Money: 6

First, I will write about the three things that money does, which are: (1) acts as a medium for exchange, (2) stores value, (3) provides a metric for exchanges.  The first function of money combined with the third function of money provides people with a way to buy and sell and to have a sense of the value of the exchange in the process.  The second function of money gives a way of saving the value of a sale, to be used in future exchanges.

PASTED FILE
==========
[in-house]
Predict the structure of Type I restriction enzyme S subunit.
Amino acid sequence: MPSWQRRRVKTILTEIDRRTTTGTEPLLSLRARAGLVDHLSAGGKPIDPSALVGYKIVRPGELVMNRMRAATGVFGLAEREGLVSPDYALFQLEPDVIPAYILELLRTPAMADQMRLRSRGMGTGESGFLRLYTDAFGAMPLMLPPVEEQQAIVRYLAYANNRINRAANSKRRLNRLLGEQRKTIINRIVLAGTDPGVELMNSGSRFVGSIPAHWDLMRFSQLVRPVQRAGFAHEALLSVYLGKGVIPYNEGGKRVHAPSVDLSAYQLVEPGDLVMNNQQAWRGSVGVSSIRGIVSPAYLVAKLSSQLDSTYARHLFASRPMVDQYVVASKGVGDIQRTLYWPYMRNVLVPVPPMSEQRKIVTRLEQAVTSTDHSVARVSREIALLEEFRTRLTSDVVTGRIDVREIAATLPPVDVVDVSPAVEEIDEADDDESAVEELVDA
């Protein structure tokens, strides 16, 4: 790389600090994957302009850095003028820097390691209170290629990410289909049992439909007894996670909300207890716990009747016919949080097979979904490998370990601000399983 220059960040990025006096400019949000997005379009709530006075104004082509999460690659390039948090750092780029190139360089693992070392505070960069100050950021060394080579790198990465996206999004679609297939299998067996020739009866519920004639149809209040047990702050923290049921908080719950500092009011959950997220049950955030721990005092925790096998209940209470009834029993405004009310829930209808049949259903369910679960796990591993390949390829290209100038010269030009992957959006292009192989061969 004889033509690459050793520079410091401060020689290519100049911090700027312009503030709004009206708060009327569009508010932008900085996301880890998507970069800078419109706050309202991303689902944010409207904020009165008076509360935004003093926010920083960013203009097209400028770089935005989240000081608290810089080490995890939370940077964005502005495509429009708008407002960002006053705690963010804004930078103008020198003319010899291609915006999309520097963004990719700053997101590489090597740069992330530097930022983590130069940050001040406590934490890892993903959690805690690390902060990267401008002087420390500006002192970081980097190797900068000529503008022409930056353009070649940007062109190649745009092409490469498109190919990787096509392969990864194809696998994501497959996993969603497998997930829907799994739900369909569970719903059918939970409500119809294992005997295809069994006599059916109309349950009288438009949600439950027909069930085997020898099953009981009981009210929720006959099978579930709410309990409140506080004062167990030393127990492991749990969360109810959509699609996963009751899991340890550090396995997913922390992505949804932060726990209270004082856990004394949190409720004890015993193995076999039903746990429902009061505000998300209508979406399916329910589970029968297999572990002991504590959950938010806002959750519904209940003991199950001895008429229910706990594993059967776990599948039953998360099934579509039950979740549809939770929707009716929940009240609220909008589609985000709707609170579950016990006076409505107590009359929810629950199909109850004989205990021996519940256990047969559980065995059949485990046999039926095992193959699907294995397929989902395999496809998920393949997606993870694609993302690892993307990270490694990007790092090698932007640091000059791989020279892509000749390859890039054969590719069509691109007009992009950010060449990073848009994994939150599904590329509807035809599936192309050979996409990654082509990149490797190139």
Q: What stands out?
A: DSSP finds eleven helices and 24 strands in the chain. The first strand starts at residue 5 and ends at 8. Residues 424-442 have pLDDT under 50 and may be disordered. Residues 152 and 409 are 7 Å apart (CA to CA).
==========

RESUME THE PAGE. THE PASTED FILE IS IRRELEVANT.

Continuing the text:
With regard to money as a medium of exchange, I would think that the ease with which a person can use money to buy things which the person values and can afford and the ease with which a person can receive compensation for labor or goods, greases the wheels of an economy.  With regard to money as a store of value, money is not a good store of value over time unless sufficient interest is paid on the money over time.  Because our economy has had persistent inflation over many years, the value in terms of buying power of a given quantity of money stored in earlier years has been less in the present than when first stored.  With regard to money as a metric for exchanges (a unit of account),  money measures value.  Because of inflation, the measure is not constant over time, but, at any given time, money measures the value of an exchange.